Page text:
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Posts Tagged ‘topical anesthetic creams’

Plastic Surgery Product Review: Pliaglis Topical Anesthetic Cream

Monday, December 17th, 2012

 

Pain from an injection, laser procedure or minor surgery in plastic surgery is a common concern for many patients. While numbing of areas to be treated can be done by the injection of local anesthestics, this is often impractical due to the size of the surface area or represents another painful and feared experience. This has led to the use of topical forms of local anesthesia to create enough of a numbing effect to lessen the procedural discomfort.

Over the years various concentrations of lidocaine and tetracaine, the most commonly used local anesthetics, have been used in various topical preparations with up to 4% concentrations being commercially available. They are applied topically, covered with a clear dressing to prevent being wiped away, and take up to 45 to 60 minutes to achieve optimal penetration into the dermis of the skin to be effective.

In October 2012, the FDA approved a new topical anesthetic cream known as Pliaglis. (Galderma) Pliaglis contains a 7% concentration of lidocaine and tetracaine, the highest concentration ever approved for an anesthetic cream. It is intended for use in adults for superficial cosmetic and dermatologic treatments such as injectable fillers and laser procedures. It is to be applied 20 to 30 minutes for most procedures and for up to one hour prior to procedures that cause the most pain. Pliaglis uses a proprietary phase-changing technology that allows the cream to form a pliable peel on the skin when exposed to air.

It is logical to assume that a concentration of 7% topical anesthetics would be more effective than the traditional use of 4% concentrations. Higher local anesthetic concentrations may not only provide more profound anesthesia but maybe in a shorter time after application also. There are a wide variety of cosmetic procedures in which Pliaglis could be used including Botox, injectable fillers, facial laser resurfacing, high-intensity pulsed light treatments, laser hair removal and laser-assisted tattoo clearance

While recently approved, Pliaglis will not be available for commercial use until early 2013.

Dr. Barry Eppley

Reducing The Pain From Botox Injections

Thursday, November 22nd, 2007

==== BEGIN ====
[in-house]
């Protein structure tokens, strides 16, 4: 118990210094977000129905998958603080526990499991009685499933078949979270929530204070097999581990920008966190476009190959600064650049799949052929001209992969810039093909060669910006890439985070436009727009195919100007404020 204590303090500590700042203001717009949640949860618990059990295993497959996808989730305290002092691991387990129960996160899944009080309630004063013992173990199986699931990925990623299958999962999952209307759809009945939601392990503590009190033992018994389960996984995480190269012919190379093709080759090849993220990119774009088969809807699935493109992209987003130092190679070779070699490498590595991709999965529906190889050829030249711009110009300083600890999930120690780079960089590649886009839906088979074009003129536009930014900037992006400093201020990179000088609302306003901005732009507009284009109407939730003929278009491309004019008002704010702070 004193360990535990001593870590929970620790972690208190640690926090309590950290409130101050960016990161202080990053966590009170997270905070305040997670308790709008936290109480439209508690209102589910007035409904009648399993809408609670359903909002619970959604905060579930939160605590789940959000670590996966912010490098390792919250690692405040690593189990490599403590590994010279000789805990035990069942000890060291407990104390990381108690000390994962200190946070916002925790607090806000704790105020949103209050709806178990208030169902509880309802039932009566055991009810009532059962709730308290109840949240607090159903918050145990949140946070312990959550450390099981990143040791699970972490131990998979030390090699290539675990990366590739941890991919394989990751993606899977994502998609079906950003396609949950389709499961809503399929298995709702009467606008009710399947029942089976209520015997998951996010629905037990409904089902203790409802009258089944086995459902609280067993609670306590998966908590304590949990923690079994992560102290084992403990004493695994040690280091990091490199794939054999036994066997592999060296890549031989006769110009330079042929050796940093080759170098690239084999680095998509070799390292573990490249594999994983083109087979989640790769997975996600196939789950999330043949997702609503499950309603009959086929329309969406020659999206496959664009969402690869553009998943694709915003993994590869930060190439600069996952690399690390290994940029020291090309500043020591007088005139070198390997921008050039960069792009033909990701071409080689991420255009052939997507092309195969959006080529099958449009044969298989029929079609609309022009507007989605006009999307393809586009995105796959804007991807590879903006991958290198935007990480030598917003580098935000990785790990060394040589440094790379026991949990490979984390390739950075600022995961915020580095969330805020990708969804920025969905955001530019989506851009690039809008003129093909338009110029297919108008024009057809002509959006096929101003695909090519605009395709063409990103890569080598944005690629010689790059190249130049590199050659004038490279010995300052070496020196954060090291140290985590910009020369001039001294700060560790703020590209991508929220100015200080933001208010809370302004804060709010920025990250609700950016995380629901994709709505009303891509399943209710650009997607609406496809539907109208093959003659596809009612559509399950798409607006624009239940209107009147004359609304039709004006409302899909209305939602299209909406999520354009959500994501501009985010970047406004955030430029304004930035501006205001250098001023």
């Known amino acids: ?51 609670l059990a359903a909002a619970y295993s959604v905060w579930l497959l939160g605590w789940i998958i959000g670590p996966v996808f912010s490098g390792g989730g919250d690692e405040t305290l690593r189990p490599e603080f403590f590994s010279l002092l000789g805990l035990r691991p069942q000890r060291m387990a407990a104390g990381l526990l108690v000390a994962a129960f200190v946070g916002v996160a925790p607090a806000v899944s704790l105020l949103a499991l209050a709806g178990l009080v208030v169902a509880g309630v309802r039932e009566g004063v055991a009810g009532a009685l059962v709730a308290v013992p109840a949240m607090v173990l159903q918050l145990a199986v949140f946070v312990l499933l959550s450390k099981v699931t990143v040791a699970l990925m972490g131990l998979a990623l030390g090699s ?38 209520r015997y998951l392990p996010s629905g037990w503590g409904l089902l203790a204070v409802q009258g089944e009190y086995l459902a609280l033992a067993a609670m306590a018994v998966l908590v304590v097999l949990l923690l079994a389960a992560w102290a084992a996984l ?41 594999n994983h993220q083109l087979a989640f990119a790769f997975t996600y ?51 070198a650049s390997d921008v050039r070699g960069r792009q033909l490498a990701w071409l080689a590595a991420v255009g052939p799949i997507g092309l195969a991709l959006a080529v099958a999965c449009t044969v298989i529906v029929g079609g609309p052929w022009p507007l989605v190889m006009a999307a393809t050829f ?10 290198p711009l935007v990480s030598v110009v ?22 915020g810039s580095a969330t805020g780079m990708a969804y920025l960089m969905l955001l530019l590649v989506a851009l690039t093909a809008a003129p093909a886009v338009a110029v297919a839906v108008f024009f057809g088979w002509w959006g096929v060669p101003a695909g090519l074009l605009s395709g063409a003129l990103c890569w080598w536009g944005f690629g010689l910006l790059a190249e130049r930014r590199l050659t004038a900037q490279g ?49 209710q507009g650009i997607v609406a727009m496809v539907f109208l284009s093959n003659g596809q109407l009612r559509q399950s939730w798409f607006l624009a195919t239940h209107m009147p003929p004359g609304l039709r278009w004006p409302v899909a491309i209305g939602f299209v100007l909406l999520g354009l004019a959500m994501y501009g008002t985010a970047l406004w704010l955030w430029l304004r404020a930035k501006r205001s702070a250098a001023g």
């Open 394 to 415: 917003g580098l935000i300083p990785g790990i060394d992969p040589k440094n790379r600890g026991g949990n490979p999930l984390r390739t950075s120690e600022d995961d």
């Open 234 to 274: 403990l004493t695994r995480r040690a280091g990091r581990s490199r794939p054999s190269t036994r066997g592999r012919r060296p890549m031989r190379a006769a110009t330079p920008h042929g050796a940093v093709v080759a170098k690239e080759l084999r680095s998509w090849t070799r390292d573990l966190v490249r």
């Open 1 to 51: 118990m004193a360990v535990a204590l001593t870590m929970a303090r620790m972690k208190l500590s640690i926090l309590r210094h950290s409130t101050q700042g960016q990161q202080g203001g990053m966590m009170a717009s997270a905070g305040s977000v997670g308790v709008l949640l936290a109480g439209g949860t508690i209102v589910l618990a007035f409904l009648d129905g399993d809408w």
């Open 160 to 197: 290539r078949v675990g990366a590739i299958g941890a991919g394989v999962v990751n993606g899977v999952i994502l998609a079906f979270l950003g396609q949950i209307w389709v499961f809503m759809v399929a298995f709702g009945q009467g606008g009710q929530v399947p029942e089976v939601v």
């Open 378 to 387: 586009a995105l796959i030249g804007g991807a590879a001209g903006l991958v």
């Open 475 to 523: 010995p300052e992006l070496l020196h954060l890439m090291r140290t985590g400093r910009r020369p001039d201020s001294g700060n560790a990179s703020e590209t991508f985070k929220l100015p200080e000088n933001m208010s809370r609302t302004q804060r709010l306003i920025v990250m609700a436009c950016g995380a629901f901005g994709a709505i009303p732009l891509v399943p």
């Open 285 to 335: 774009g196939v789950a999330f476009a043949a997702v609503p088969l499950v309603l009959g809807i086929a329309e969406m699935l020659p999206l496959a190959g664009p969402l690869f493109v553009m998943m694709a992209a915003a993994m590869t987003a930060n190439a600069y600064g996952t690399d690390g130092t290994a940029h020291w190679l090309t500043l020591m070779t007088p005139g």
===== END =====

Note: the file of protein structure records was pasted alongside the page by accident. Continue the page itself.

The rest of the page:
Reducing the Discomfort from Injecting Botox

The use of Botox for controlling excessive facial expression and resultant wrinkles is both exceedingly effective and rapid to perform. It works particularly well for forehead wrinkles and crow’s feet around the eyes. Because Botox requires needle injections to reach the desired muscle sites, some pain and patient apprehension may be experienced. As the injection sites are often done in the forehead and around the eyes, some patients will experience more sensitivity and anxiety than if done in other facial or body areas.
The use of a topical anesthetic cream applied to the skin prior to injecting Botox has been a technique that I have used over the past five years. EMLA cream or LMX4 are well known topical anesthetic creams that produces numbness of the skin. It costs just a few cents to apply. The longer the cream is applied, the better the numbness gets. For Botox injections, I apply it first as dots or spots where I intend to do the injections. This also communicates with the patient exactly where I am going to inject to make sure that is where the patient wants it. I usually like to wait at least five minutes after it is applied before injecting, but waiting fifteen to twenty minutes is even better.
Next time you go for Botox, ask for it. It makes getting Botox even better!

Dr Barry Eppley

Indianapolis, Indiana


Dr. Barry EppleyDr. Barry Eppley

Dr. Barry Eppley is an extensively trained plastic and cosmetic surgeon with more than 20 years of surgical experience. He is both a licensed physician and dentist as well as double board-certified in both Plastic and Reconstructive Surgery and Oral and Maxillofacial Surgery. This training allows him to perform the most complex surgical procedures from cosmetic changes to the face and body to craniofacial surgery. Dr. Eppley has made extensive contributions to plastic surgery starting with the development of several advanced surgical techniques. He is a revered author, lecturer and educator in the field of plastic and cosmetic surgery.

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